In 2011, Wang et al. [27] they surveyed 56 papers that use deep learning models—deep neural, convolutional, and recurrent neural networks, autoencoders, and restricted Boltzmann machines—to perform sensor-based human activity recognition. They concluded that there is no single “model that outperforms all others in all situations,” and recommend to choose a model based on the application scenario. They identify four papers [28,29,30,31] as the state of the art in deep learning for HAR, based on a comparison of three HAR benchmark data-sets, viz. the Opportunity [32], Skoda [33], and the UCI (University of California, Irvine) smartphone [34] data-sets, all of which consist of data acquired from subjects wearing multiple inertial measurement units (IMUs). What follows is a summary of these results.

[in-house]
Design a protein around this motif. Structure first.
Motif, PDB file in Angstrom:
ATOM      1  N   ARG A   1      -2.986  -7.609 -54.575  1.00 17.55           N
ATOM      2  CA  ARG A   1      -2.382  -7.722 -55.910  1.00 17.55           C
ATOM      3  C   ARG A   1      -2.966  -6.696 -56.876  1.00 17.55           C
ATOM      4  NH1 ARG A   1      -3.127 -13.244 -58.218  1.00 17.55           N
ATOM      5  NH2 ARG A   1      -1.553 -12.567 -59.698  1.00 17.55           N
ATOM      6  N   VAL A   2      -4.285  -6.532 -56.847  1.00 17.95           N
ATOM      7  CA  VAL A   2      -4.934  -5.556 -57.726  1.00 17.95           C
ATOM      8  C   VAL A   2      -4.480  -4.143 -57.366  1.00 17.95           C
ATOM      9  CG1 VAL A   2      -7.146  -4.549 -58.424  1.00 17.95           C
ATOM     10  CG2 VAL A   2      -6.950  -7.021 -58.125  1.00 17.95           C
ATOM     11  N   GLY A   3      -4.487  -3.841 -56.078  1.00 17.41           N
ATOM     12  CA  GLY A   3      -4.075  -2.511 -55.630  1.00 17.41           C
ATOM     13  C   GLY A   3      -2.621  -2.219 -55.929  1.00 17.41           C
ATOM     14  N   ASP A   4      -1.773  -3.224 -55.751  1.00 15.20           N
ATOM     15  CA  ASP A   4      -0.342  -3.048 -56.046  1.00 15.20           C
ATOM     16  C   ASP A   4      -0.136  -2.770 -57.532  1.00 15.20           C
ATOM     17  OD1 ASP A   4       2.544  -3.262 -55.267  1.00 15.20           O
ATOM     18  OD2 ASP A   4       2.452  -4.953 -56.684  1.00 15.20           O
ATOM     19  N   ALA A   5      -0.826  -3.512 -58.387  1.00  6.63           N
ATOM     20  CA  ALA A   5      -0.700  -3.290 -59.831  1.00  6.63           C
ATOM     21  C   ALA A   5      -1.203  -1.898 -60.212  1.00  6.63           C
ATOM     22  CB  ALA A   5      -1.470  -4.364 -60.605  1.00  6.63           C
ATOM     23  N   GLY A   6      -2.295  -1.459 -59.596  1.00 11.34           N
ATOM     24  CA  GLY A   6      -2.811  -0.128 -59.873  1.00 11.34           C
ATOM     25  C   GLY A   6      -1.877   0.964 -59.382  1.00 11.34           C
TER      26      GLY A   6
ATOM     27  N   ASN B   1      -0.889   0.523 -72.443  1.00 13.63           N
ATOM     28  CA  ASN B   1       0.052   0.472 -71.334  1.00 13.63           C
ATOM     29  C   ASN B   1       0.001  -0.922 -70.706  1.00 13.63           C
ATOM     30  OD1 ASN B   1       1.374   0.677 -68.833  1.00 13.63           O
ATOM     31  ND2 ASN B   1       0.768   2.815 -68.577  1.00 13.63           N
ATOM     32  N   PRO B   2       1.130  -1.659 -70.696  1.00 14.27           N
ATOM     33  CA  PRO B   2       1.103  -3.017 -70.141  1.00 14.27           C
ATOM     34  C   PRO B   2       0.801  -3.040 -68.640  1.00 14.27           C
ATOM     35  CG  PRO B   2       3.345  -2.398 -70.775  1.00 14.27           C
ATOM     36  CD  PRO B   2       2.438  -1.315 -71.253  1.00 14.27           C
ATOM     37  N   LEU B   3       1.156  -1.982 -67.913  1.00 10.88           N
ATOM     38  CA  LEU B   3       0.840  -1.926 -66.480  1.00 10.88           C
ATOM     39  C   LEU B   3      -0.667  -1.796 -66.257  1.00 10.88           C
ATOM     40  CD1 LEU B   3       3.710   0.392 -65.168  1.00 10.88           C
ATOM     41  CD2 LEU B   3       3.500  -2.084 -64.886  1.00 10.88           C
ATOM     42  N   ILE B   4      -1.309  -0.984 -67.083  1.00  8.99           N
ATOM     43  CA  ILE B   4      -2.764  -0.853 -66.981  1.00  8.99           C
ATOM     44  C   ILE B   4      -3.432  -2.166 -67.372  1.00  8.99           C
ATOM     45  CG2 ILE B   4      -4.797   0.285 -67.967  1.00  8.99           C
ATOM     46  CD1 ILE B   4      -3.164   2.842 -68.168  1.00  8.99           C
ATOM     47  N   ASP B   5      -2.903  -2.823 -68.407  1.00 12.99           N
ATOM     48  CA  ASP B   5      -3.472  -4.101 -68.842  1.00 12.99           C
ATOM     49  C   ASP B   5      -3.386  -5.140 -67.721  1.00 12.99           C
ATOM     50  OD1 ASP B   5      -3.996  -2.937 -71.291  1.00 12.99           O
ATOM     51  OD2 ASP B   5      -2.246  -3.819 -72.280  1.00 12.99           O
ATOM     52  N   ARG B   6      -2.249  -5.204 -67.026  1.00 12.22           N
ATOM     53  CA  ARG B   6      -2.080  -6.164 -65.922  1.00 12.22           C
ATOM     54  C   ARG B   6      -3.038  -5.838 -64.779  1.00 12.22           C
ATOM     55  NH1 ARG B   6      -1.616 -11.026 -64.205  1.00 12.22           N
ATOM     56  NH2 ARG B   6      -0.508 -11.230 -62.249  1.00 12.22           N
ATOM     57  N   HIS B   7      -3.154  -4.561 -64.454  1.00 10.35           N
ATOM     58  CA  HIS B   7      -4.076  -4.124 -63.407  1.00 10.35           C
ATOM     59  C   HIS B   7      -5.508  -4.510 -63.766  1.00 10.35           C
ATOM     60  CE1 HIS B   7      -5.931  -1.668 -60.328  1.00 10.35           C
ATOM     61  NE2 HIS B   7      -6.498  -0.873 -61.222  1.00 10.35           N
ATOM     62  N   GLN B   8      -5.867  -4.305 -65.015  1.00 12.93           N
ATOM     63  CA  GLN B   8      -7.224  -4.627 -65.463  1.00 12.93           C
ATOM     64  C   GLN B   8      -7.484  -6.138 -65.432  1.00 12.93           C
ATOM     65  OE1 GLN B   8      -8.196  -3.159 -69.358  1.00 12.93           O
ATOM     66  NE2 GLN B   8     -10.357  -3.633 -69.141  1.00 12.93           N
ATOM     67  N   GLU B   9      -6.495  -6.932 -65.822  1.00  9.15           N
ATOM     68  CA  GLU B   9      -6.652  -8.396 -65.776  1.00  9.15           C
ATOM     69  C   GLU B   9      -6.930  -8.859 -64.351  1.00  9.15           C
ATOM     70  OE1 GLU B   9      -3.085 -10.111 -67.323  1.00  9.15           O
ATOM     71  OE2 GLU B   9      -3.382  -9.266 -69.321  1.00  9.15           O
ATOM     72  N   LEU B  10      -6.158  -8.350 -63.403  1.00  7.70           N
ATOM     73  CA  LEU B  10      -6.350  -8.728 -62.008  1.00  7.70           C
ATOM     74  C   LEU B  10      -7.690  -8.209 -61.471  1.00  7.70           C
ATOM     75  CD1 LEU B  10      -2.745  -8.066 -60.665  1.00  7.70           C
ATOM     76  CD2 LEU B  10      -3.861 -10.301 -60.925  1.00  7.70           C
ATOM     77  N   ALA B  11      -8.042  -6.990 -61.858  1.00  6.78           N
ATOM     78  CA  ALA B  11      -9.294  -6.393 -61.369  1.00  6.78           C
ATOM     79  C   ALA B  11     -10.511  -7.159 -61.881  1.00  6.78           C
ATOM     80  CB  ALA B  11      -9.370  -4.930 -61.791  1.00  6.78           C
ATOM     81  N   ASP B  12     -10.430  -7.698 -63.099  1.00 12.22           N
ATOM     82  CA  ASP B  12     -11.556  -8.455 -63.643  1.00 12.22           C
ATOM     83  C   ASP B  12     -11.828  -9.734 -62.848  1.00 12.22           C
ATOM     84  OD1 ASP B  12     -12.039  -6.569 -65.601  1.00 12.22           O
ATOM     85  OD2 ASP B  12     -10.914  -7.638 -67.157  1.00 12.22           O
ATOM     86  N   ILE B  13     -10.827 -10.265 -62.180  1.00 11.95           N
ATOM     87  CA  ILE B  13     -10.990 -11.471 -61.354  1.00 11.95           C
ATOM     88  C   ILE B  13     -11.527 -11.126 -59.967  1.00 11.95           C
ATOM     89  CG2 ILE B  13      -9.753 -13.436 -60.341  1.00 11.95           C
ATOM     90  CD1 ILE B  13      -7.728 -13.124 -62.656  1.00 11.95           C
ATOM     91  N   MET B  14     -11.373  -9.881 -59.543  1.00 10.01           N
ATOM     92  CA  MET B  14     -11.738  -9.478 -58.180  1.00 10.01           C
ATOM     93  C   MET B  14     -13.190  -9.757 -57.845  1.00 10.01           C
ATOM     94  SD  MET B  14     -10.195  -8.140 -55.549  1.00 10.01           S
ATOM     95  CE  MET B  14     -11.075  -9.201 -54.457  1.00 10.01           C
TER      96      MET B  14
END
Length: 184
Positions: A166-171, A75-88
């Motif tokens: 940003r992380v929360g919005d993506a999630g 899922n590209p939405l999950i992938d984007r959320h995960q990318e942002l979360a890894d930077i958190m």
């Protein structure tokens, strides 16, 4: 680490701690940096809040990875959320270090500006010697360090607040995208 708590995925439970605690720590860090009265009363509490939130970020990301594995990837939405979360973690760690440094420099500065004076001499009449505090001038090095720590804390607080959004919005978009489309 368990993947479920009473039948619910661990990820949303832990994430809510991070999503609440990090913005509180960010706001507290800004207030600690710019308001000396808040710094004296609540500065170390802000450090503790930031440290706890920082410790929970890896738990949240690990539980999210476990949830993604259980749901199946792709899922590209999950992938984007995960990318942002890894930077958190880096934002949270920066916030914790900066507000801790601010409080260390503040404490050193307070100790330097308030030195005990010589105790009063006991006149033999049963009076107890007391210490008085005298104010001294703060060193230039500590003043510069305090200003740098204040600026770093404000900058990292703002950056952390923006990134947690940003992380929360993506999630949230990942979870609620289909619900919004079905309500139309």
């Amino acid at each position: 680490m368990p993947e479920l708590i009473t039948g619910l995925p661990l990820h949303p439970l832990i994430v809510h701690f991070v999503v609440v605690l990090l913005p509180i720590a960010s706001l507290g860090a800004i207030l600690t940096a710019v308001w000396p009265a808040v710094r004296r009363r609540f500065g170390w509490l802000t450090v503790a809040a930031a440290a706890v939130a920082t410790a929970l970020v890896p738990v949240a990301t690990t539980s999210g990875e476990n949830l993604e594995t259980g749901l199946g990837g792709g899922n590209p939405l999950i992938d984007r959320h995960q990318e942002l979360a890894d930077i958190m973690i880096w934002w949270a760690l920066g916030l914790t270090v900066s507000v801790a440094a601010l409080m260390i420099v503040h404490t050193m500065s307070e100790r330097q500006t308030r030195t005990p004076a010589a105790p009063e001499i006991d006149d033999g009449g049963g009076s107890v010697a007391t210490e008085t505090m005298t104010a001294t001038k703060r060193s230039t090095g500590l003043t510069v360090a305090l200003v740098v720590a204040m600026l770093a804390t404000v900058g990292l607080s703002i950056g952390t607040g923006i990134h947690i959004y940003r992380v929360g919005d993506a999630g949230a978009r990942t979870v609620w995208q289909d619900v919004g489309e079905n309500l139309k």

Jiang and Yin [28] proposed DCNN+, a deep convolutional neural network (DCNN) model to recognise human activities from signal and activity images constructed by applying 2D Wavelets or the Discrete Fourier Transform to signals from a single IMU. To improve DCNN performance, they use binary support vector machine (SVM) classifiers to discriminate between pairs of classes whose predicted probabilities are similarly large. Their DCNN+ (DCNN + disambiguating SVMs) achieves the same, or only marginally (0.55 to 1.19 percentage points) higher, accuracy than an SVM operating on the same 561 features used for training the binary SVMs that are used to disambiguate between potentially confused predictions in the DCNN+. On the FUSION data-set [35], the DCNN and DCNN+ approach both achieved the same performance (99.3% accuracy) as the SVM. Zhang et al. [29] proposed a DNN that recognises human activities from the raw signals acquired by a single IMU, and the signal magnitude of the accelerometer’s combined three axes. They compare their method with traditional machine learning algorithms operating on five features (mean, standard deviation, energy, spectral entropy, and pairwise correlations between the accelerometer axes) without tuning any of the algorithms’ hyper-parameters. DNN achieved an error rate of 17.7% (SVM: 19.3%) on the Opportunity data-set, 8.3% (SVM: 22.2%) on USC-HAD [36], and 9.4% (kNN: 22.7%) on the Daily and Sports Activities data-set [37].